I remember the days when a tub of plain hummus from the supermarket felt like an exotic treat. Nowadays even roast pepper hummus seems to be a staple, and the plain variety feels very shoddy indeed. 20-odd years back, wholefood companies took advantage of this fall from grace to market their own version: a chunky hummus that most likely would be derided in any Middle Eastern country. I admit I was seduced and, as a result, that's the sort I've been making ever since. Until today. Today I'm going to try to reproduce that original, creamy version.

How does one recipe differ from the other, you ask, when both use the same ingredients? The original requires the addition of a small amount of bicarbonate of soda (baking soda), and a slightly different way of processing. If you fancy the chunky sort, omit the baking soda altogether, cook the chickpeas till they are just tender, and blitz them in a blender for a shorter period of time.

By the way, did you know that when the proteins from the chickpeas and those from the sesame paste tahini combine, they form a complex protein that is every bit a match for those of red meat?

Makes a large tub (about the size of a 500g pot of yoghurt); serves 6 - 8 as a side dish.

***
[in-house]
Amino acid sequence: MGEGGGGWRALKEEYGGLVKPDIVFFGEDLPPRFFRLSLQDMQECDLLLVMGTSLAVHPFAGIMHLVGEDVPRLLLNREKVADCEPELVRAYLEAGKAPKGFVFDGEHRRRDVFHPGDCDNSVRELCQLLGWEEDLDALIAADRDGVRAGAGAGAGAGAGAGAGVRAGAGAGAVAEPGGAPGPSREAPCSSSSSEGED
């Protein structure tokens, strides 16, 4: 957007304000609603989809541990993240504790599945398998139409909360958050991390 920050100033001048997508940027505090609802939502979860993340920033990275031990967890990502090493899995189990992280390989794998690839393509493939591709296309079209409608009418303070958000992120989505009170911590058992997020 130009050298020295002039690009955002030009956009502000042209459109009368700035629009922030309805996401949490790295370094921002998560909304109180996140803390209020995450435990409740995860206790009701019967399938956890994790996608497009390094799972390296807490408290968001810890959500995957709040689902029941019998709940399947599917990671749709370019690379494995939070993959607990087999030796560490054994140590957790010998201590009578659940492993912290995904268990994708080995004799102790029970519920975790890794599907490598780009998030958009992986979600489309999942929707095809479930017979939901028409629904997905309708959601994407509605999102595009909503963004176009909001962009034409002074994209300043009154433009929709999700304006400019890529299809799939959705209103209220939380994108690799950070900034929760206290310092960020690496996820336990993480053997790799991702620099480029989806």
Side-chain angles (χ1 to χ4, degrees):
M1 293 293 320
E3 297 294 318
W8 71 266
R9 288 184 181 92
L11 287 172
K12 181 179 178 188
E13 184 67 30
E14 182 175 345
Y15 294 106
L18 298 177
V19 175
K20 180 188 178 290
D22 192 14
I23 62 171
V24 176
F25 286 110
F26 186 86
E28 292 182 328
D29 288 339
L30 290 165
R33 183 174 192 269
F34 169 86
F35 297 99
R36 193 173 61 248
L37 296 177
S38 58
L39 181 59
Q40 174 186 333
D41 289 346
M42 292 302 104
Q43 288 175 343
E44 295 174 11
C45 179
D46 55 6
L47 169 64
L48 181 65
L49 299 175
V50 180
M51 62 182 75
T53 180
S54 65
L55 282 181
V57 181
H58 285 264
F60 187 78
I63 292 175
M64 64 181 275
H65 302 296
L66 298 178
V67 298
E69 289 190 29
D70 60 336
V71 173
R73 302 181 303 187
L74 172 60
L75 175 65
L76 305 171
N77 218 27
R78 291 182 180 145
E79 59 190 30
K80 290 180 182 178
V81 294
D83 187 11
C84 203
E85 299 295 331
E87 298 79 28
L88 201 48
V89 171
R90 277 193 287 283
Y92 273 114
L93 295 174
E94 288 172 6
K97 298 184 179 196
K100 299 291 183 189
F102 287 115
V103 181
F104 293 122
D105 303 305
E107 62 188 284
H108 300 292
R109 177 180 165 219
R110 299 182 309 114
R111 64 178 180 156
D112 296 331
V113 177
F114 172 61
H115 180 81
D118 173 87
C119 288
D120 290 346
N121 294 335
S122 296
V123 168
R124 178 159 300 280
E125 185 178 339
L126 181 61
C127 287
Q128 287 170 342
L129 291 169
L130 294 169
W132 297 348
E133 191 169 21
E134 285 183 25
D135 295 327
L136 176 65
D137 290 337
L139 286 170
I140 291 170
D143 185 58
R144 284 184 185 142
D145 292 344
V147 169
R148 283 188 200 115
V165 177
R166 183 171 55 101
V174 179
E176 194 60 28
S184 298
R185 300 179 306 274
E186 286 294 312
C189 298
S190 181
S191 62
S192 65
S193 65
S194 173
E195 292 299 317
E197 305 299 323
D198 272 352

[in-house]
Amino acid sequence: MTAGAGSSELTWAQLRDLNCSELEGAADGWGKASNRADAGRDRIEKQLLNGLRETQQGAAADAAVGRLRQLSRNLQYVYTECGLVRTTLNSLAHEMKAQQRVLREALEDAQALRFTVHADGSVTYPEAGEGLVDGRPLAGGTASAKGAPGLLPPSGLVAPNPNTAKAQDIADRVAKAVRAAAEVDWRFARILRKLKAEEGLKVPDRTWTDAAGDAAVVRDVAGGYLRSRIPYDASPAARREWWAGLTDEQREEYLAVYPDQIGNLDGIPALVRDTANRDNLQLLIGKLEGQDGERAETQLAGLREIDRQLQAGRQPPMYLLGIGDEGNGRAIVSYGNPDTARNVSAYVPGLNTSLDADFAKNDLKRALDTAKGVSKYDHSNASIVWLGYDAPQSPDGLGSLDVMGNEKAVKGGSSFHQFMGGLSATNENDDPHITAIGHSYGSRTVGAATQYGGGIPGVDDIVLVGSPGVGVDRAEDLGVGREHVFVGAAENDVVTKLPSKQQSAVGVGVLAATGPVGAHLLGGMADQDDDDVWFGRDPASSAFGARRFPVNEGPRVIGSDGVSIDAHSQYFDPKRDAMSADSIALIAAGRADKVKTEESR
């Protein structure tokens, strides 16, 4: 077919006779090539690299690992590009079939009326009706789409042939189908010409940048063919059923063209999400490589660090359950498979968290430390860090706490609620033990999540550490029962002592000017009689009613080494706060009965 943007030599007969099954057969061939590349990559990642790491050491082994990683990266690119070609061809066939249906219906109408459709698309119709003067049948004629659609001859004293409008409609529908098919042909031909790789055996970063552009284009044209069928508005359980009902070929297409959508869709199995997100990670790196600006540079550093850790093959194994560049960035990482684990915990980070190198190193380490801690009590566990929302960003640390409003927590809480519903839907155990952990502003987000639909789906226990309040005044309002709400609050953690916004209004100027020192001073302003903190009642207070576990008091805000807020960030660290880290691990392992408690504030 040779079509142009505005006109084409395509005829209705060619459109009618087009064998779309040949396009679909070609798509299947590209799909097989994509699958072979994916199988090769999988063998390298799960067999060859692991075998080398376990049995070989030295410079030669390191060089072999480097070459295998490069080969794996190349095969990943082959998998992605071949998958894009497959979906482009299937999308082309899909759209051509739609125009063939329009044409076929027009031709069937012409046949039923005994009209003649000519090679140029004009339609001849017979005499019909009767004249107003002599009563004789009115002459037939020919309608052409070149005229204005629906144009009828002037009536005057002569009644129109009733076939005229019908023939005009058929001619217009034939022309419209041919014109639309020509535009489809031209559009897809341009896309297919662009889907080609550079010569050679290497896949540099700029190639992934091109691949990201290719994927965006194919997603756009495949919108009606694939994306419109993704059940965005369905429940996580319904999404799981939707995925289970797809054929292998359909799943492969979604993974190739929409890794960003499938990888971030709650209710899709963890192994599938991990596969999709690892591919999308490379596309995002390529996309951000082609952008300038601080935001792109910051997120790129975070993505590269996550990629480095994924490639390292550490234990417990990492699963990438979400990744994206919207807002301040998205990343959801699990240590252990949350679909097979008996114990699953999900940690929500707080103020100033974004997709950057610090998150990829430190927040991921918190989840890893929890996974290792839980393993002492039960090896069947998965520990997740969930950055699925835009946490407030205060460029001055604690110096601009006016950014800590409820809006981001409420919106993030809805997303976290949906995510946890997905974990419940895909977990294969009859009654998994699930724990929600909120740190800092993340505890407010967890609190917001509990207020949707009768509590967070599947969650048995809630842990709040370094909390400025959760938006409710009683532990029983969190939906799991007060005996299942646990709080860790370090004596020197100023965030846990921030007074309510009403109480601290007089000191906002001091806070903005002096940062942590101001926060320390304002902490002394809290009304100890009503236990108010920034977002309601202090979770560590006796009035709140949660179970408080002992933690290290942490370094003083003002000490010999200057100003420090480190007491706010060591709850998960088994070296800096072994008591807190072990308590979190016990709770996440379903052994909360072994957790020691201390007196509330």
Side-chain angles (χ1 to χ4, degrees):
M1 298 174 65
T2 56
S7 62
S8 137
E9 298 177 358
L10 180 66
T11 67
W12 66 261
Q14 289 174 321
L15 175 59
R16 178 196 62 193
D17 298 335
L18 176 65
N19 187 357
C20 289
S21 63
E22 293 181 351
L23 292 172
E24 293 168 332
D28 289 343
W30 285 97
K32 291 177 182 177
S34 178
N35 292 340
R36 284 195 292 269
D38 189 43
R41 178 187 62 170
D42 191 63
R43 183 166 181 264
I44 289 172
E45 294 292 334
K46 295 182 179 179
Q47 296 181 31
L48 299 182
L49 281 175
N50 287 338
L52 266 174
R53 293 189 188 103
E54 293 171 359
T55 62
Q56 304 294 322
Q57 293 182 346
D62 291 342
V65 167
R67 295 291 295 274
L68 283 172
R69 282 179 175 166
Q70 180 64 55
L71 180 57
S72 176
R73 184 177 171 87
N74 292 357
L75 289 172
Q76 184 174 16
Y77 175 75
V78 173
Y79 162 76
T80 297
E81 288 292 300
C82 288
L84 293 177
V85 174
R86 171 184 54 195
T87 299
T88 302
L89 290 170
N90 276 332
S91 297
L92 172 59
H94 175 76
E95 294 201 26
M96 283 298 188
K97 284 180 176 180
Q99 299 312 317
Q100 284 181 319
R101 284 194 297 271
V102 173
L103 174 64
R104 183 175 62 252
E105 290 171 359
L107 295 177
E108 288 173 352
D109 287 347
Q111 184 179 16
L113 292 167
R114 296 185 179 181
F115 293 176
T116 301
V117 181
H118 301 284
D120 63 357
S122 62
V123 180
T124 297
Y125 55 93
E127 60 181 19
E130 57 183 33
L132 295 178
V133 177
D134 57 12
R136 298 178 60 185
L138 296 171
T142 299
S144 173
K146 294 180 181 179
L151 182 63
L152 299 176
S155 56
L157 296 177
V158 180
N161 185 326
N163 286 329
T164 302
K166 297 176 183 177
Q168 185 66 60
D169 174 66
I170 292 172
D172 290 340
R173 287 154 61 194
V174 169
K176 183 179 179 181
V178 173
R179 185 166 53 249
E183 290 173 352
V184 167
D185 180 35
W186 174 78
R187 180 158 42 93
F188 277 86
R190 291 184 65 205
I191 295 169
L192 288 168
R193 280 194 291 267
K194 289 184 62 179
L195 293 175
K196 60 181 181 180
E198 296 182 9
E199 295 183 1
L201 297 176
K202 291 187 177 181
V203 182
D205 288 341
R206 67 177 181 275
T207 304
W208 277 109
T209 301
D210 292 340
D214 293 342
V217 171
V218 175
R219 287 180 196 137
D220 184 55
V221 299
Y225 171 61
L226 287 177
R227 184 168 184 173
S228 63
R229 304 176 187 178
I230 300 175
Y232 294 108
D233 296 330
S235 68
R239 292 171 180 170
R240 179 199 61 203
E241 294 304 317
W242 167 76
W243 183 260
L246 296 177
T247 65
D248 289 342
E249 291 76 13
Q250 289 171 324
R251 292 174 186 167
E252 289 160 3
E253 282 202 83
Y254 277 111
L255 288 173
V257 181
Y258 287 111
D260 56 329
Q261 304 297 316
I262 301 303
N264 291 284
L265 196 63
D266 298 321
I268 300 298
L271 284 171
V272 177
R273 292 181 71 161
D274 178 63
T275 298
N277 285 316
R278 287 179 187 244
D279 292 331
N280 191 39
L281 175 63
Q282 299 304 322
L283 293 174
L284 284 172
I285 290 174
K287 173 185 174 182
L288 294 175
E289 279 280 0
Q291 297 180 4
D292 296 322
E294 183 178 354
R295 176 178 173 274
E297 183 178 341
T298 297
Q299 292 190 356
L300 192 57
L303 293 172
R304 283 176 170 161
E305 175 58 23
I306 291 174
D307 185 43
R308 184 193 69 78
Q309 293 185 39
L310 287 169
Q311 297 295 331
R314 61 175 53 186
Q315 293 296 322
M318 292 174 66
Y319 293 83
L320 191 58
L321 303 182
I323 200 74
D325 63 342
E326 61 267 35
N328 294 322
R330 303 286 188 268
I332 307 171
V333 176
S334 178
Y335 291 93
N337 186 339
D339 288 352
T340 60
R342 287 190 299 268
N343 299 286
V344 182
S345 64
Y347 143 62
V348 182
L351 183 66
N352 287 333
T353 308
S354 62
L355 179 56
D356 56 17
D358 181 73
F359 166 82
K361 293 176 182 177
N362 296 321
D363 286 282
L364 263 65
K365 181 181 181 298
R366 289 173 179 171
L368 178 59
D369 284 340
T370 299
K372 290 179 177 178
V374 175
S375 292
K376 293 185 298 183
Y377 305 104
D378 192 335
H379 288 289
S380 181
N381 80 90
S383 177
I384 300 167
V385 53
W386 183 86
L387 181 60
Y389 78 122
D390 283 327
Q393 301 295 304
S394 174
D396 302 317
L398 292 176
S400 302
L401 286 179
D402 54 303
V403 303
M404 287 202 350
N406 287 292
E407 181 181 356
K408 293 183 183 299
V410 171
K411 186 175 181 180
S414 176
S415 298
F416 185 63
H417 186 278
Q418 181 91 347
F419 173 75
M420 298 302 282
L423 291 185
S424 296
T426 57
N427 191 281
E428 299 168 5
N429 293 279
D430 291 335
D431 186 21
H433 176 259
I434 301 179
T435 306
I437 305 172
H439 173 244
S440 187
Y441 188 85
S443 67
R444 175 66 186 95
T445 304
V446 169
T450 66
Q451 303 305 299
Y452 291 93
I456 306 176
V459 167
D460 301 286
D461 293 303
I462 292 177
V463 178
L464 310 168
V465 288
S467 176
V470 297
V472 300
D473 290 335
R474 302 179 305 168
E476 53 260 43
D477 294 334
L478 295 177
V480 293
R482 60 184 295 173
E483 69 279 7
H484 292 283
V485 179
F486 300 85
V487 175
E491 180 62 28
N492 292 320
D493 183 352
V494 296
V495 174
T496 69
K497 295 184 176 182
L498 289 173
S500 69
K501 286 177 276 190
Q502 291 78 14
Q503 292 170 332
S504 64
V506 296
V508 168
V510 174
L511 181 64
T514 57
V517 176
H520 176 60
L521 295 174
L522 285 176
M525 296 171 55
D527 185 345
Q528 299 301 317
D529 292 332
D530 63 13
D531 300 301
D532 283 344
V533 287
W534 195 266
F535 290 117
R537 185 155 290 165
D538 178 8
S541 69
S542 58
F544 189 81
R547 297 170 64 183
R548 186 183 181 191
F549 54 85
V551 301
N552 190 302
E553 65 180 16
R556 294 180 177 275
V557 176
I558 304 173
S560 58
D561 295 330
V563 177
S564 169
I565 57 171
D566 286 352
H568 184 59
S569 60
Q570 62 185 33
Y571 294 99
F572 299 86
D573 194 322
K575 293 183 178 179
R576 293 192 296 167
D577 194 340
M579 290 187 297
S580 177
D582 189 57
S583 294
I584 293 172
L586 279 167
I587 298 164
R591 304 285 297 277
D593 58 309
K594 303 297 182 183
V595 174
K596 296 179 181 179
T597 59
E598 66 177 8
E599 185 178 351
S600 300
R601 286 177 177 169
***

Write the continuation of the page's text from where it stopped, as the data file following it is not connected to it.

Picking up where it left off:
120g dried chickpeas, soaked overnight

or 1 tin of chickpeas

1/2 teaspoon of bicarbonate of soda (for the original)

1 clove crushed garlic

3 really heaped teaspoons tahini

the juice of 1 large lemon

1 generous tablespoon of olive oil

3 tablespoons of cold water

a scant 1/2 teaspoon salt

If you're unfamiliar with any of the ingredients, find out more about them here:



Rinse and drain the chickpeas, then boil them for about an hour in water (lid on), adding the baking soda (but no salt) at the start. Mine looked like this after only 45 minutes. Shocking isn't it? That's what the addition of the baking soda has done; it has broken down the skins. Rinse in a little water and drain.

If using tinned chickpeas, rinse and drain them, then boil with baking soda for 20 minutes.*


Let them cool for a while, then place them in a blender and add the rest of the ingredients in the order listed above. Now blend them. You may need to scrape down the sides a couple of times, but it really won't take more than a minute or two.

Taste, and adjust the salt and the lemon juice as needed.


Store in the fridge once it's completely cold. Serve with warm pitta bread (and whatever takes your fancy).

So, is the smooth, original version better than the chunky one? My verdict: it really is more authentic, and much nicer than the shop-bought stuff. But I'll still be making my chunky version in the future. I suppose I'm used to it now.

*This ingenious solution of reboiling tinned chickpeas with baking soda isn't mine. It comes from the website Cookie + kate. Click on the link to see their recipe.

Any questions? You can use the comments form at the bottom of the page.

Did you know?

You'll find recipes at the back of all the books in the Send for Octavius Guy series:

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